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4 Reasons Both Parties Should Be Sweating Bullets Over King V. Burwell

Senate Majority Leader Mitch McConnell (from left), Senate Minority Leader Harry Reid and House Speaker John Boehner have reasons to watch the Supreme Court case closely — and to worry about its outcome.
Drew Angerer
Getty Images
Senate Majority Leader Mitch McConnell (from left), Senate Minority Leader Harry Reid and House Speaker John Boehner have reasons to watch the Supreme Court case closely — and to worry about its outcome.

The Supreme Court will hear arguments on Wednesday in another case that threatens the survival of Obamacare. This one doesn't challenge the constitutionality of the law itself, it merely challenges the legality of one of the most important parts of the system — subsidies so that everyone can afford health care. If the court strikes down the subsidies for people who live in states that chose not to set up their own exchanges, and who get their health coverage from the federal marketplace — healthcare.gov — it would begin to unravel the entire Obamacare project. Here's why that could be politically damaging to both Democrats and Republicans:

1. The biggest political threat is to the president.

A ruling for the plaintiffs would be a mortal blow to the president's signature legislative achievement. Up to 8 million people could lose their subsidies in 34 states, leaving them unable to afford coverage. Premiums would spike, because presumably only the sickest people would be willing to pay the full cost of coverage. Insurers would leave the market. It would delegitimize the law. Democrats had been been touting its success — around 11 million people are now signed up — and enjoying a momentary lull in the intensity of the arguments over the law would have to scramble to preserve what they could. The political slugfest over the Affordable Care Act would begin again.

2. Republicans might not be the winners.

Democrats would go on the offensive, blaming Republicans for every case of a person who lost coverage just before giving birth, or having another round of chemo.

There would be a "good-riddance caucus" inside the GOP to be sure — Republicans who argue that the best strategy is to sit back and watch the whole edifice of Obamacare collapse in a heap.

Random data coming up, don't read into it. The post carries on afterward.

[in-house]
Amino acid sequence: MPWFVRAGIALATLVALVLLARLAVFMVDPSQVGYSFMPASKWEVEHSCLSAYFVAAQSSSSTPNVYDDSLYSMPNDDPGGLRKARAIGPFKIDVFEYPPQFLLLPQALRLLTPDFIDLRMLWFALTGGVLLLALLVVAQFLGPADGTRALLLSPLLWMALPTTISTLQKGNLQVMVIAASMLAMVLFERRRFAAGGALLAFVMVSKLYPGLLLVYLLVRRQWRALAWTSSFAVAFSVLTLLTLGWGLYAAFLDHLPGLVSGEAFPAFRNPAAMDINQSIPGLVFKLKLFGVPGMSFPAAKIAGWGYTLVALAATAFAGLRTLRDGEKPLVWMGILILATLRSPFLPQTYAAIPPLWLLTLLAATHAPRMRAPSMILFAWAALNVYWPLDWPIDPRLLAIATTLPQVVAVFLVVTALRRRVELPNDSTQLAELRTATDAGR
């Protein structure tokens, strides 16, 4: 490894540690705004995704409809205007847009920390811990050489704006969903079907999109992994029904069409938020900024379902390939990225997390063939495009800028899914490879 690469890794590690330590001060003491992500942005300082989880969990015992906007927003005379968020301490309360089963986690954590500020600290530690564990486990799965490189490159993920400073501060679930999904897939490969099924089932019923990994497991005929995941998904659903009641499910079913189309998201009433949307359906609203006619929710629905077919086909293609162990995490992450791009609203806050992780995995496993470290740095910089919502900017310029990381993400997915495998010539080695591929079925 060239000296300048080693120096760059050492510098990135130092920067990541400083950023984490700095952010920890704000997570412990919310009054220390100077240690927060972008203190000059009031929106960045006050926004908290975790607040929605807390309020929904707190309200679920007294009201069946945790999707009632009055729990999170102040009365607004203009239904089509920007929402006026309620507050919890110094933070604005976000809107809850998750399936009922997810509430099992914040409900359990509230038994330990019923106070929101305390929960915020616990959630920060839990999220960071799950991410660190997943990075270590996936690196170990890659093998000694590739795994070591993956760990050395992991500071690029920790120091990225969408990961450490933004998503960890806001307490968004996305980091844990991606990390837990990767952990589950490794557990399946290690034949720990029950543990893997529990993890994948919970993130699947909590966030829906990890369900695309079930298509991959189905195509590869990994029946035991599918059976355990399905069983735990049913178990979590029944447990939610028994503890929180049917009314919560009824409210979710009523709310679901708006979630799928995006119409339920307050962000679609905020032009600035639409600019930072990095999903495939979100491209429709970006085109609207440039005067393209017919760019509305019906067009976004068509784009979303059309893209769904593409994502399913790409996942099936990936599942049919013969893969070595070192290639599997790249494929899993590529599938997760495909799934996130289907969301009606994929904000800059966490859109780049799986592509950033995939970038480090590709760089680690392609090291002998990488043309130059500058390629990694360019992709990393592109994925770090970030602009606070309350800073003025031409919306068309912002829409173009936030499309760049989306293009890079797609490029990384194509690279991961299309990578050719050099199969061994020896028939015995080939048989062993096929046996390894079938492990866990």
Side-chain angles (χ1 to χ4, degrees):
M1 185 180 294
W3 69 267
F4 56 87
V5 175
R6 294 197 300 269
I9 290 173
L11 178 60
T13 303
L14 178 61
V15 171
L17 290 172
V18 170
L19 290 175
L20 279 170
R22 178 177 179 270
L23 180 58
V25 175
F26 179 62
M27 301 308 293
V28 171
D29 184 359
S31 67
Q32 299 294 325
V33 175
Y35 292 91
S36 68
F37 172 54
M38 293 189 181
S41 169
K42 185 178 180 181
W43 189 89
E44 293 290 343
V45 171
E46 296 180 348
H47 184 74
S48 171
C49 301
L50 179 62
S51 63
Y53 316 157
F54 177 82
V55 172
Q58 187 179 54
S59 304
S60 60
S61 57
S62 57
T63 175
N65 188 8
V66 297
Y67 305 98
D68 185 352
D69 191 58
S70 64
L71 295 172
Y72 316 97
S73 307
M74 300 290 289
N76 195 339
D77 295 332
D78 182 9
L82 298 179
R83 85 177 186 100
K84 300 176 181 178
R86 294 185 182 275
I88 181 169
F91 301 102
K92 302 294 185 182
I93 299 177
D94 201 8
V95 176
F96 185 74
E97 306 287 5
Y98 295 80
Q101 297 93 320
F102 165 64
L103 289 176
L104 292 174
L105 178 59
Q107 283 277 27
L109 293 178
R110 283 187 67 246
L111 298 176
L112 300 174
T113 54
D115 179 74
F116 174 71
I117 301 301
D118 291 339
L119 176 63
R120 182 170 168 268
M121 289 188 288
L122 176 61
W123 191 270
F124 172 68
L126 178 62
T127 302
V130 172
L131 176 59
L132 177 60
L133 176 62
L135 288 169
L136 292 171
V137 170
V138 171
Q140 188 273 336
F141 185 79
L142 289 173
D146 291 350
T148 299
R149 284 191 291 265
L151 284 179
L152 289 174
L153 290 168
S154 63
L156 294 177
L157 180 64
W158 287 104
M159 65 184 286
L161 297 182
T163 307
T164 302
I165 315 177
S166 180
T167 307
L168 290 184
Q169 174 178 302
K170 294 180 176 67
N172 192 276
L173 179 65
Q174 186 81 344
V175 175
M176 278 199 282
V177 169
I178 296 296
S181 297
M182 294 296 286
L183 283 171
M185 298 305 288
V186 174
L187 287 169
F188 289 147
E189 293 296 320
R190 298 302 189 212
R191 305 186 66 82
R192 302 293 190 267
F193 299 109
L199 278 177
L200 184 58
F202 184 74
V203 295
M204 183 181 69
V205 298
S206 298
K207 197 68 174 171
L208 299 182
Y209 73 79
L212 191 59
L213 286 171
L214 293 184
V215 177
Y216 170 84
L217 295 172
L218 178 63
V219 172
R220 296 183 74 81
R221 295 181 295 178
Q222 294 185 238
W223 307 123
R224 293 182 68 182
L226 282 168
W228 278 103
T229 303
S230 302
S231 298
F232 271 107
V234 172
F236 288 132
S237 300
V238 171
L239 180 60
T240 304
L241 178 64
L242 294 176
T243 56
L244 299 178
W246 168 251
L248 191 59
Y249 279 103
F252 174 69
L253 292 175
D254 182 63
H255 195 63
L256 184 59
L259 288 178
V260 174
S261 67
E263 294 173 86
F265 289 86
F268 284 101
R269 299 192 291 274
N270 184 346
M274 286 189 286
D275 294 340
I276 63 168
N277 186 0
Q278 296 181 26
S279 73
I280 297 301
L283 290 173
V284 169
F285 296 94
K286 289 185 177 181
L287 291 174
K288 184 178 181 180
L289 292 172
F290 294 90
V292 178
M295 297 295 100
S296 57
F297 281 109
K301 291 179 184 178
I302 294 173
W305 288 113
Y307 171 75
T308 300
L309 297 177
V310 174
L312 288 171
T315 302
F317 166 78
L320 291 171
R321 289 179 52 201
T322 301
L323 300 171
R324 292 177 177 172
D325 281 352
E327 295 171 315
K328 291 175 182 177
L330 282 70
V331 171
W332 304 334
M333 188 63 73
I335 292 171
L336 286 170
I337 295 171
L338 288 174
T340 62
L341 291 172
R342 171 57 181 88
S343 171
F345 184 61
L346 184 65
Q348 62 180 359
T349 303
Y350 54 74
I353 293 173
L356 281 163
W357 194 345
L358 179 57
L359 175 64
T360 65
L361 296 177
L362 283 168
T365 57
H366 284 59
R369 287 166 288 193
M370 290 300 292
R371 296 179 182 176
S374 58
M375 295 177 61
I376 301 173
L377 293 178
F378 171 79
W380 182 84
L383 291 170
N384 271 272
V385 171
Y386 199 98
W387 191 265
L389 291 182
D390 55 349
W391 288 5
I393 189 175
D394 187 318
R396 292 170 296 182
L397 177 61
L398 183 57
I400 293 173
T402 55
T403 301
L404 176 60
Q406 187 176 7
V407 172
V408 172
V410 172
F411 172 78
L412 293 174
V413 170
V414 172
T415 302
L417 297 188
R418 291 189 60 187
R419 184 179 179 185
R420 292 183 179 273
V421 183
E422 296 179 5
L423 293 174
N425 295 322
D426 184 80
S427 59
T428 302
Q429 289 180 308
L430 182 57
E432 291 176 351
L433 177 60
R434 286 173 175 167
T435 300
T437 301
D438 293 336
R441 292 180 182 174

These Republicans think that chaos in the marketplace would punish Obama, and that Americans would rise up even more than they have and demand an end of the law.

But that view is not universally shared inside the GOP.

Many Republicans including Senate Majority Leader Mitch McConnell see an opening for Republicans to switch their tactics — finally — from repeal to replace if the court ruled against the government.

McConnell, speaking to the Wall Street Journal, called it an opportunity for a mulligan — a major do-over of the whole health care law. Something he believes is more achievable than total repeal.

3. It will be hard for Republicans to unify around a replacement for Obamacare.

The GOP has been trying for six years to come up with an alternative to Obamacare and they haven't been able to. But now a group of lawmakers led by Paul Ryan in the House and Orrin Hatch in the Senate have come up with what they call an "Offramp from Obamacare" — legislation that would temporarily restore the lost subsidies and then replace them with other forms of financial-aid-like tax credits. They'd also do away with the law's minimum coverage requirements and the individual mandate.

But why would a party that can't agree on how to fund the Department of Homeland Security agree on a strategy to take advantage of a win in King v. Burwell?

And would President Obama agree to the kind of changes in the health care law that Republicans would demand?

4. Republican governors will be under tremendous pressure.

Without a major fix by Congress, governors in states that chose not to set up exchanges would be under pressure to do so in order to prevent hundreds of thousands of their citizens from losing coverage.

Conservatives who are arguing for a legislative fix say these Republican governors, who held out against Obamacare, should not be left high and dry.

But fixing the damage to the ACA that the court might impose will require not just cooperation, but timely cooperation, something that is in very short supply in Washington these days.

Copyright 2021 NPR. To see more, visit https://www.npr.org.

Mara Liasson is a national political correspondent for NPR. Her reports can be heard regularly on NPR's award-winning newsmagazine programs Morning Edition and All Things Considered. Liasson provides extensive coverage of politics and policy from Washington, DC — focusing on the White House and Congress — and also reports on political trends beyond the Beltway.